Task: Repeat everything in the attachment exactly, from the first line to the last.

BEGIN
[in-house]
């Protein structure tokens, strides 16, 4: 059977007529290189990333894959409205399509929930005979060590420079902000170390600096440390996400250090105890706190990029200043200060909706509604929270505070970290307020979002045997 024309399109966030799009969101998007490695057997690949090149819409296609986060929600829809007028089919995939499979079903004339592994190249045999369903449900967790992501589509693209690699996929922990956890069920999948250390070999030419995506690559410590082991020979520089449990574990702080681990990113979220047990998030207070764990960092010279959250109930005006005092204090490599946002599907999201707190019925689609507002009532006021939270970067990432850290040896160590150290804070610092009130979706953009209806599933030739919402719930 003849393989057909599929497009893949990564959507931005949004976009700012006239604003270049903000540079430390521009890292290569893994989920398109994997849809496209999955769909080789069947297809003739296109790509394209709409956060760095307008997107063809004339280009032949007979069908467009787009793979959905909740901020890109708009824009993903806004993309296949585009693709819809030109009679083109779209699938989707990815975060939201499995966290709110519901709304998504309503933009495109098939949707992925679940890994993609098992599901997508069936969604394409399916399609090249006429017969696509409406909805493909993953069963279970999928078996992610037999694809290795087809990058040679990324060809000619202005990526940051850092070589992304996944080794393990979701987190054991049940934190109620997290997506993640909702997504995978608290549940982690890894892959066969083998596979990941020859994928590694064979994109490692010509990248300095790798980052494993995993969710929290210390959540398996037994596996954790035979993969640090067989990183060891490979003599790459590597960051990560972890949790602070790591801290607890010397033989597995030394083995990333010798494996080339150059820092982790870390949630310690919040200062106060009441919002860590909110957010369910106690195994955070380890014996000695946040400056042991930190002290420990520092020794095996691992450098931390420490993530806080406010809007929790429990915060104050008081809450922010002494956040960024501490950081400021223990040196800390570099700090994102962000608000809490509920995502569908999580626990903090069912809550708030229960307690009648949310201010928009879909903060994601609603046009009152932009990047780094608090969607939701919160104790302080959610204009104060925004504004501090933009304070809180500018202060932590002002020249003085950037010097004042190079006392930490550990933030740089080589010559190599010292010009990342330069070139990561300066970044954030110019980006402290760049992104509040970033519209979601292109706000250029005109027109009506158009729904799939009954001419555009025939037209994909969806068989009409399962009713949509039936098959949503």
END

[in-house]
């Protein structure tokens, strides 16, 4: 059977007529290189990333894959409205399509929930005979060590420079902000170390600096440390996400250090105890706190990029200043200060909706509604929270505070970290307020979002045997 024309399109966030799009969101998007490695057997690949090149819409296609986060929600829809007028089919995939499979079903004339592994190249045999369903449900967790992501589509693209690699996929922990956890069920999948250390070999030419995506690559410590082991020979520089449990574990702080681990990113979220047990998030207070764990960092010279959250109930005006005092204090490599946002599907999201707190019925689609507002009532006021939270970067990432850290040896160590150290804070610092009130979706953009209806599933030739919402719930 003849393989057909599929497009893949990564959507931005949004976009700012006239604003270049903000540079430390521009890292290569893994989920398109994997849809496209999955769909080789069947297809003739296109790509394209709409956060760095307008997107063809004339280009032949007979069908467009787009793979959905909740901020890109708009824009993903806004993309296949585009693709819809030109009679083109779209699938989707990815975060939201499995966290709110519901709304998504309503933009495109098939949707992925679940890994993609098992599901997508069936969604394409399916399609090249006429017969696509409406909805493909993953069963279970999928078996992610037999694809290795087809990058040679990324060809000619202005990526940051850092070589992304996944080794393990979701987190054991049940934190109620997290997506993640909702997504995978608290549940982690890894892959066969083998596979990941020859994928590694064979994109490692010509990248300095790798980052494993995993969710929290210390959540398996037994596996954790035979993969640090067989990183060891490979003599790459590597960051990560972890949790602070790591801290607890010397033989597995030394083995990333010798494996080339150059820092982790870390949630310690919040200062106060009441919002860590909110957010369910106690195994955070380890014996000695946040400056042991930190002290420990520092020794095996691992450098931390420490993530806080406010809007929790429990915060104050008081809450922010002494956040960024501490950081400021223990040196800390570099700090994102962000608000809490509920995502569908999580626990903090069912809550708030229960307690009648949310201010928009879909903060994601609603046009009152932009990047780094608090969607939701919160104790302080959610204009104060925004504004501090933009304070809180500018202060932590002002020249003085950037010097004042190079006392930490550990933030740089080589010559190599010292010009990342330069070139990561300066970044954030110019980006402290760049992104509040970033519209979601292109706000250029005109027109009506158009729904799939009954001419555009025939037209994909969806068989009409399962009713949509039936098959949503």